# The royal cubit and the stars

There are still some things that bother me about the Royal Cubit, in particular, why did they choose π/6, and why did they use it in preference to the metre.

Something interesting related to the first question has surfaced. Which may just be another random co-incidence like all the others, or maybe not.

First up, a reminder that the Royal Cubit is ⅙ of the circumference of a circle with diameter 1 metre, in other words the arc on a 360/6 = 60° segment, as follows:

As you may know, the ancient Egyptians were very fond of their ankh, which looks like this:

It pops up frequently in Egyptian art, usually in connection with depictions of the gods or rulers, but no one is exactly sure what it means or why it was used. For example:

Lately I’ve been looking at some constellations for a paper I’m busy with (which may either make me famous or get me labelled as a pyramidiot… time will tell), in particular the Big Dipper, a well-known constellation  in the northern sky, which looks like this:

That’s how it looks now, and you can see that it does look like a scoop with a handle. However a while ago in the past, the heavens looked a little different, and it looked like this:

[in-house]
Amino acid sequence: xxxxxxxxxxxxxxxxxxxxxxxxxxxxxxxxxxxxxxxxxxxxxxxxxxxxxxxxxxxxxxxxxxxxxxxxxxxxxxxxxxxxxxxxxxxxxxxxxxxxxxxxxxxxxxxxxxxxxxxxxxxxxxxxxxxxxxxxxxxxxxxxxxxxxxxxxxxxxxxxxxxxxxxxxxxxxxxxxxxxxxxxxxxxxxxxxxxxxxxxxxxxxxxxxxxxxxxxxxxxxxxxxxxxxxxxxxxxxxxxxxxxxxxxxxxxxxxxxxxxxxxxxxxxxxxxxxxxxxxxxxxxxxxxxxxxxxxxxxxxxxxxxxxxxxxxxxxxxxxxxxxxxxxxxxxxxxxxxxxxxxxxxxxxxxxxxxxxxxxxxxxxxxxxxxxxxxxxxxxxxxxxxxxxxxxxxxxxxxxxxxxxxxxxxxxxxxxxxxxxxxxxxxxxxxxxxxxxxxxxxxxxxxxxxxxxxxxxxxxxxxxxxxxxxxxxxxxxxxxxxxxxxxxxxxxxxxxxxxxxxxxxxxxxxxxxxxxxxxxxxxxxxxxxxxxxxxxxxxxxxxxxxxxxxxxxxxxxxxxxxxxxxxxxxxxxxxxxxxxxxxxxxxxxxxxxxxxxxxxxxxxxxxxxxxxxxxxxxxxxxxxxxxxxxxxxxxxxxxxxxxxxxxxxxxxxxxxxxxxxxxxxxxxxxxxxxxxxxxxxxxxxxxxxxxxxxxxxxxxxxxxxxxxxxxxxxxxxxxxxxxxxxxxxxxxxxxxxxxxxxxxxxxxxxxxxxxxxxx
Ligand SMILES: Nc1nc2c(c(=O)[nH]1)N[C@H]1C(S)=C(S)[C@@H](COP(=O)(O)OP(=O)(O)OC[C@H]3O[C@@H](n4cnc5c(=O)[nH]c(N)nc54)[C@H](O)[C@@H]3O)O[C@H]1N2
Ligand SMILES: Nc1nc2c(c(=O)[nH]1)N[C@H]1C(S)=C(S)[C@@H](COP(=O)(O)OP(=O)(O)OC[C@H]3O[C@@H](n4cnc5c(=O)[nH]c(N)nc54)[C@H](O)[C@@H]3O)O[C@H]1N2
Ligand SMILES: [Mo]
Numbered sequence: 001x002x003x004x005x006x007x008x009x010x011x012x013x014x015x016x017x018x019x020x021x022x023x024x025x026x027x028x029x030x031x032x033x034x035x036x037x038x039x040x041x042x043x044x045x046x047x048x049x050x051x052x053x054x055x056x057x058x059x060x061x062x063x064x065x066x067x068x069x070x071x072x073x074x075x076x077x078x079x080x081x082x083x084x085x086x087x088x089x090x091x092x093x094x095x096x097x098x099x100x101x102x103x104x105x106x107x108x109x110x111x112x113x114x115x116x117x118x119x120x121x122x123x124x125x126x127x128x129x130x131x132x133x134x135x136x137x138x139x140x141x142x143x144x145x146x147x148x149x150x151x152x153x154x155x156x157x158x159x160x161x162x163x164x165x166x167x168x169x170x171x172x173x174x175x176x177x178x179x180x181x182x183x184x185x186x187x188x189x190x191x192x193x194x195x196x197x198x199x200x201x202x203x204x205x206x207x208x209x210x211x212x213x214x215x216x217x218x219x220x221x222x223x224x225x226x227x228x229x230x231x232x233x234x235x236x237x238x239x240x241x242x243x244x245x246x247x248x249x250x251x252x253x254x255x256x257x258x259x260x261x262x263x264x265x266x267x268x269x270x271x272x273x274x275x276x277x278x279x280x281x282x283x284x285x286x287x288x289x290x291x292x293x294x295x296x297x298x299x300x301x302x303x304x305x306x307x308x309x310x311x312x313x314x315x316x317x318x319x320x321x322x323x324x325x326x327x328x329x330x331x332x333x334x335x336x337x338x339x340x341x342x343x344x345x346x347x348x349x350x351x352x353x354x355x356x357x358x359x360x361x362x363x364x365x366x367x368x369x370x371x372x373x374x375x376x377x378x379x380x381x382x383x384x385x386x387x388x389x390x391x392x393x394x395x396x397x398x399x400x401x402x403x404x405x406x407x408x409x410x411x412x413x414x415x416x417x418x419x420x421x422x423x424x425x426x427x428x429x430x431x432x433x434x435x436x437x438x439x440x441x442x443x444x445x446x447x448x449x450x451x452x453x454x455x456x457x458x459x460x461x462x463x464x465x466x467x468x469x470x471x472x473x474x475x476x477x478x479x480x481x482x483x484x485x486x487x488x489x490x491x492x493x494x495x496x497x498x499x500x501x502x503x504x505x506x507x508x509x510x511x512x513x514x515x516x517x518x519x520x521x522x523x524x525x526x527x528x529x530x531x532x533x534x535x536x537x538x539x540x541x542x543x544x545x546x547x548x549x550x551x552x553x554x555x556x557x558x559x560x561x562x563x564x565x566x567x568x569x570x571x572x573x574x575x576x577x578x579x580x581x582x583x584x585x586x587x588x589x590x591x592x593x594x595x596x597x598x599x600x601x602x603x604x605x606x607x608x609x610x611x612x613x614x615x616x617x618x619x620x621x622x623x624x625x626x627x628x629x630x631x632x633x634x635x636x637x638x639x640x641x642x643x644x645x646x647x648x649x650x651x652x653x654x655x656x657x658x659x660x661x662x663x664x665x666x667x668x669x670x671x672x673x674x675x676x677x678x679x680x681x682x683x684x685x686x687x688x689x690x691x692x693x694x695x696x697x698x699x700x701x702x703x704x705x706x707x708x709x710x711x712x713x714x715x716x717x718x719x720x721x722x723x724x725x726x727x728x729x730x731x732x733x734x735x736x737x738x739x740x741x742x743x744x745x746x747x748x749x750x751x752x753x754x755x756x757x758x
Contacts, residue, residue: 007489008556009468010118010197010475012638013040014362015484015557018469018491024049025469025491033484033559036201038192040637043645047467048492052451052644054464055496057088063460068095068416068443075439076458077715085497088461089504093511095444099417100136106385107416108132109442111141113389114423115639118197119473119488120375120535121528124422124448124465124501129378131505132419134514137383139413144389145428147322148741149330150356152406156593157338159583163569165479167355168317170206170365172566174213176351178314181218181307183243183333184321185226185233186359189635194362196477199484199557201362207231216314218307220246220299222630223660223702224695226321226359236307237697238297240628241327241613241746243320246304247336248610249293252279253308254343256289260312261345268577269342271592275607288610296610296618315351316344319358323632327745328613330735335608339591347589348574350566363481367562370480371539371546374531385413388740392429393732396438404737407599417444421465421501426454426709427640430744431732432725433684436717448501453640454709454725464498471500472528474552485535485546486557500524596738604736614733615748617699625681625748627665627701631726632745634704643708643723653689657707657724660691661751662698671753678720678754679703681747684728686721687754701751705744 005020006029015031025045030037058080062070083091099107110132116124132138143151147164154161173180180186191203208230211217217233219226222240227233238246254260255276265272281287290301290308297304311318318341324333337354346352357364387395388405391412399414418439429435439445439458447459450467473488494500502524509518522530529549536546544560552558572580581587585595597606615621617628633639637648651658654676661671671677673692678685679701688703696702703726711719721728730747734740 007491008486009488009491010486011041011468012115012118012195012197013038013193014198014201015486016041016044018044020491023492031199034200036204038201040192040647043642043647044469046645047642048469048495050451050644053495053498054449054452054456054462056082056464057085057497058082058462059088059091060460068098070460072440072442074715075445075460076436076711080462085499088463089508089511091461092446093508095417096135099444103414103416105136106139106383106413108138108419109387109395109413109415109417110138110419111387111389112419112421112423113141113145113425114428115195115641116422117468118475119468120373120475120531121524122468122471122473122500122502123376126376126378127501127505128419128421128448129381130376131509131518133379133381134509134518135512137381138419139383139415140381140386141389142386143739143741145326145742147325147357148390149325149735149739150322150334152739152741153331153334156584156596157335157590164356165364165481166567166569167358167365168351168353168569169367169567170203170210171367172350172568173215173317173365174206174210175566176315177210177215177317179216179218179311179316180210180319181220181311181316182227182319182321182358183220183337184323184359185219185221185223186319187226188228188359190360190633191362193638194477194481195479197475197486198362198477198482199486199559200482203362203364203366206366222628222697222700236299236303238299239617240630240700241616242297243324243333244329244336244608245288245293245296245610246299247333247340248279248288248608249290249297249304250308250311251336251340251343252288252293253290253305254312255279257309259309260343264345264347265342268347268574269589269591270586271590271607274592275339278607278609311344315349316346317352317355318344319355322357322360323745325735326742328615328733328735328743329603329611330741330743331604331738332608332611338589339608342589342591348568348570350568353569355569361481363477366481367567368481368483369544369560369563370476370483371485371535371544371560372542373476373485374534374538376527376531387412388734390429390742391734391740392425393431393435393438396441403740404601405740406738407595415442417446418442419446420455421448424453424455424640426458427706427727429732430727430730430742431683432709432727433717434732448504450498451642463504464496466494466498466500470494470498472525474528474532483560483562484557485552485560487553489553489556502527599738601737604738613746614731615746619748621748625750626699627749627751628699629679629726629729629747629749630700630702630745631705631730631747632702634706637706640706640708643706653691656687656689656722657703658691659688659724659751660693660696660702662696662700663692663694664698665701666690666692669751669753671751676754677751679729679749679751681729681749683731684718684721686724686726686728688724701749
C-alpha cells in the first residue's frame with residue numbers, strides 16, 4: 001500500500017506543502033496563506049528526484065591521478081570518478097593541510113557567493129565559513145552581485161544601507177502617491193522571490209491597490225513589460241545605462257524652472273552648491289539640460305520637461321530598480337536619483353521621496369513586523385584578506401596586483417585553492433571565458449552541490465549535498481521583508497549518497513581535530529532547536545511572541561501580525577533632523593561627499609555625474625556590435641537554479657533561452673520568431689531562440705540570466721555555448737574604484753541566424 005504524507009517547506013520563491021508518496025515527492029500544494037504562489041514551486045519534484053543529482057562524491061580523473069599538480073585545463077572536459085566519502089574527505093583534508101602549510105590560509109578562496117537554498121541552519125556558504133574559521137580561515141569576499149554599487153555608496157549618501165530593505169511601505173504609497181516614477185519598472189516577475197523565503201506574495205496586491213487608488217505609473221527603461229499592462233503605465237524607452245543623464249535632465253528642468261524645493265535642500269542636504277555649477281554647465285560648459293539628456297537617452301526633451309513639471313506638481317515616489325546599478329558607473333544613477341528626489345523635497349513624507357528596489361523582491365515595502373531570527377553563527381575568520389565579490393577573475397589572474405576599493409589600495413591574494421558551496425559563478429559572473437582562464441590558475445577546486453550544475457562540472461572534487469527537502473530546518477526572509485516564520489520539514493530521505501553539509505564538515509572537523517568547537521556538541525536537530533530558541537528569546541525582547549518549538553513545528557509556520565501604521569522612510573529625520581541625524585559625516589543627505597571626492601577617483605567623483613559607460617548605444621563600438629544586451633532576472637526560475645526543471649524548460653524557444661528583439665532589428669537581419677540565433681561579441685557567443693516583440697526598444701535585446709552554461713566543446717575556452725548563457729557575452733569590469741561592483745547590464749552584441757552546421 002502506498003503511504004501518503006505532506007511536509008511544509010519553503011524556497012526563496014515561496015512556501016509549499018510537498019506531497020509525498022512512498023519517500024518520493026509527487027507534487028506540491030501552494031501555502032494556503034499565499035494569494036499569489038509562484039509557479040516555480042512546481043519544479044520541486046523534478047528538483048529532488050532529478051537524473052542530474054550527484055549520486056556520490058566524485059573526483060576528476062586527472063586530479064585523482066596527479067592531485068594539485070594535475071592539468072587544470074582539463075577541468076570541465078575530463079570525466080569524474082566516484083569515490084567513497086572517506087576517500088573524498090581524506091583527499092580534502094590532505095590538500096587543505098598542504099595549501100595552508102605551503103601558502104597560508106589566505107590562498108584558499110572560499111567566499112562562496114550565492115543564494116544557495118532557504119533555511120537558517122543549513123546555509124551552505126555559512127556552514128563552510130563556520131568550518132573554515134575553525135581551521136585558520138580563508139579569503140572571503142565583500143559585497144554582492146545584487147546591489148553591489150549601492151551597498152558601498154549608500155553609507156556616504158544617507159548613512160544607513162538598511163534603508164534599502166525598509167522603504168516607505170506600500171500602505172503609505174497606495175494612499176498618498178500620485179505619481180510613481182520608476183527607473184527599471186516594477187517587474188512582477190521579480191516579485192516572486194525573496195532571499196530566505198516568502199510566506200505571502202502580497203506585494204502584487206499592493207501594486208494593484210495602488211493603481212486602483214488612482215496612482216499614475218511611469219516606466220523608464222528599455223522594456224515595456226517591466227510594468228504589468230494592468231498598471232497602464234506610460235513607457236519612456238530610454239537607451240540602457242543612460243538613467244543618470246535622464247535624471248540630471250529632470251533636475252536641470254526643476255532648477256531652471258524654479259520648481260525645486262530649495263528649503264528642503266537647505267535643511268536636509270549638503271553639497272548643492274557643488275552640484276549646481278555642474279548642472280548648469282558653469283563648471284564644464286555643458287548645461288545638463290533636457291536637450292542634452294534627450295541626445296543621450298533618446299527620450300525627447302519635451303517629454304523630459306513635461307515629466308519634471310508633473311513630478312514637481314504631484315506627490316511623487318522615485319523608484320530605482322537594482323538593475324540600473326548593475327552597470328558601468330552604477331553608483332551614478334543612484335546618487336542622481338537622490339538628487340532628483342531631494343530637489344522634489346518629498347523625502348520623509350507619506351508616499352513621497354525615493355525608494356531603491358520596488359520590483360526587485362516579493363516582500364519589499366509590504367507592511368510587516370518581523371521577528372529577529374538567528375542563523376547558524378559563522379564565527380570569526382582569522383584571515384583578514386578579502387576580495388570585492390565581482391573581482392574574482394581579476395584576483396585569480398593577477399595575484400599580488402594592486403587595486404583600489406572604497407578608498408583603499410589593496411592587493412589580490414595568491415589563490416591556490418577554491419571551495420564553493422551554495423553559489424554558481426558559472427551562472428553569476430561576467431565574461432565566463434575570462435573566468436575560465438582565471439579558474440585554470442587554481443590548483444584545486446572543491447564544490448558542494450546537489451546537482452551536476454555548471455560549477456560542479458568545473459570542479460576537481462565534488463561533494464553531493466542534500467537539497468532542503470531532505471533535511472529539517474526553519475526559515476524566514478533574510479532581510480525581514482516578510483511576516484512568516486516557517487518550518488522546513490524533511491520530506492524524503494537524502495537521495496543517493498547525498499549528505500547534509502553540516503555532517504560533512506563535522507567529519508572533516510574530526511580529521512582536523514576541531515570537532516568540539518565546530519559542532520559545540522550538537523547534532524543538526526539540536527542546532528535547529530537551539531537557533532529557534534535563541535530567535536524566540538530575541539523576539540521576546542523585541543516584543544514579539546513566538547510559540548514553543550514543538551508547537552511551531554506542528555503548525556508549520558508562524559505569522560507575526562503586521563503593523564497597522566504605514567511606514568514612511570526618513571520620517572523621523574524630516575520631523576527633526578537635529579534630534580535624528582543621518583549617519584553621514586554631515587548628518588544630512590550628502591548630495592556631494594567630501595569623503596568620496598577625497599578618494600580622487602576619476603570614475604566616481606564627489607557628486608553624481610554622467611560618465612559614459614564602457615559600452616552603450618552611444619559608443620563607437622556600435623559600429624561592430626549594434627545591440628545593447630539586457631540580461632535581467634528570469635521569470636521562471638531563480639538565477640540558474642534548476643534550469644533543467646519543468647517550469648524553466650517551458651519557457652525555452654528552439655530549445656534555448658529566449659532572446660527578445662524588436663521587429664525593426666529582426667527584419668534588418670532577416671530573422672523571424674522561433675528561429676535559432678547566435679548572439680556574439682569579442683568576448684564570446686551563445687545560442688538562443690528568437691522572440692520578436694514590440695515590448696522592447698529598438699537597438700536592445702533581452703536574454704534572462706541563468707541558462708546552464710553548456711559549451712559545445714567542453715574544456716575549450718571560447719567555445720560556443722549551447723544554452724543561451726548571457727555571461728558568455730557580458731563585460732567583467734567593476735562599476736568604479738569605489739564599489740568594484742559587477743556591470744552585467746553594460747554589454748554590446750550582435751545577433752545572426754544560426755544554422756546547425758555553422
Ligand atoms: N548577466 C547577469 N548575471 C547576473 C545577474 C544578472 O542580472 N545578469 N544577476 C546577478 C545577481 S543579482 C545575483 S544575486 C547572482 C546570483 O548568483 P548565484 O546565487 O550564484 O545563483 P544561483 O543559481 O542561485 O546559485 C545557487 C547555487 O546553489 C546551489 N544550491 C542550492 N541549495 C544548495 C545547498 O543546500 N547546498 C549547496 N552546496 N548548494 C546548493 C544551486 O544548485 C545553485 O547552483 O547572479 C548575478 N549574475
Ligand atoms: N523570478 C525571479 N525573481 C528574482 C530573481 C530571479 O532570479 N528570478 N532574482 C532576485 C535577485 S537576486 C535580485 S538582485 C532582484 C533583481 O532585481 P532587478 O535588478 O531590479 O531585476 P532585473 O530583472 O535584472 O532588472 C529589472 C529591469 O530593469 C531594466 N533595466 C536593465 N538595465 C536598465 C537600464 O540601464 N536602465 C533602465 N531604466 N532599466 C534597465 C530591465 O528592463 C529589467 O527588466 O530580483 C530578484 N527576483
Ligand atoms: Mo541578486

Humans have been looking at the stars since forever, and over time “joined the dots” to created animal and other shapes, the most famous of which are things like the Big Dipper above, or Orion, or the signs of the zodiac, like Leo, as rendered below in a screenshot from the Stellarium package:

Now we can do something similar with the Ankh and the Big Dipper, as follows…

Which is mildly interesting, but becomes more interesting when we consider the angle between Mizar and Dubhe, as measured from the north pole, as follows… made by combining the star chart above and the circle with the cubit at the top. Click to enlarge.

You will observe that the angle from the edges of Mizar to Dubhe is exactly 60°. Which makes me wonder if this provides a clue to the origins of the Royal Cubit.

Given that the Big Dipper rotates around the pole, this means that if we had a wheel with 6 spokes, like an Egyptian chariot wheel, centred on the north pole, then every four hours, those stars would fit exactly between two spokes. A nice way to track time at night.

I’m starting to think that the Big Dipper needs to used more to help us understand the ancient Egyptians.